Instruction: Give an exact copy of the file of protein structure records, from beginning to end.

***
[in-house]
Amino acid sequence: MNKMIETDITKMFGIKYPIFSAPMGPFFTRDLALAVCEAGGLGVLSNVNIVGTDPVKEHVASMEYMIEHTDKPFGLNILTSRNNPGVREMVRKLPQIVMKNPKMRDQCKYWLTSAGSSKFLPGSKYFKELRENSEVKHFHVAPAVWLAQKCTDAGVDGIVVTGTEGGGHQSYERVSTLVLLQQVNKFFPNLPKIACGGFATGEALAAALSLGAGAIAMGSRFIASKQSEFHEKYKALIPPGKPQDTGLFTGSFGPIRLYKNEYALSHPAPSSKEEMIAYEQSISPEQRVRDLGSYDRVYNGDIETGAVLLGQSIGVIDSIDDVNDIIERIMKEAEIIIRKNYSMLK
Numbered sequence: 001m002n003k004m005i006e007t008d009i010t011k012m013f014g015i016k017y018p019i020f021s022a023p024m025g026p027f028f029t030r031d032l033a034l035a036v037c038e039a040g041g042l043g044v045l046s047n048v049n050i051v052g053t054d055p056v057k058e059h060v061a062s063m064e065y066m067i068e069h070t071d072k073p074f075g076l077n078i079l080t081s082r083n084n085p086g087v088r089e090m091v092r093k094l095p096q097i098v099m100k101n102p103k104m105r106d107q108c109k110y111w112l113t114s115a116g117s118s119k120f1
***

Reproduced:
[in-house]
Amino acid sequence: MNKMIETDITKMFGIKYPIFSAPMGPFFTRDLALAVCEAGGLGVLSNVNIVGTDPVKEHVASMEYMIEHTDKPFGLNILTSRNNPGVREMVRKLPQIVMKNPKMRDQCKYWLTSAGSSKFLPGSKYFKELRENSEVKHFHVAPAVWLAQKCTDAGVDGIVVTGTEGGGHQSYERVSTLVLLQQVNKFFPNLPKIACGGFATGEALAAALSLGAGAIAMGSRFIASKQSEFHEKYKALIPPGKPQDTGLFTGSFGPIRLYKNEYALSHPAPSSKEEMIAYEQSISPEQRVRDLGSYDRVYNGDIETGAVLLGQSIGVIDSIDDVNDIIERIMKEAEIIIRKNYSMLK
Numbered sequence: 001m002n003k004m005i006e007t008d009i010t011k012m013f014g015i016k017y018p019i020f021s022a023p024m025g026p027f028f029t030r031d032l033a034l035a036v037c038e039a040g041g042l043g044v045l046s047n048v049n050i051v052g053t054d055p056v057k058e059h060v061a062s063m064e065y066m067i068e069h070t071d072k073p074f075g076l077n078i079l080t081s082r083n084n085p086g087v088r089e090m091v092r093k094l095p096q097i098v099m100k101n102p103k104m105r106d107q108c109k110y111w112l113t114s115a116g117s118s119k120f1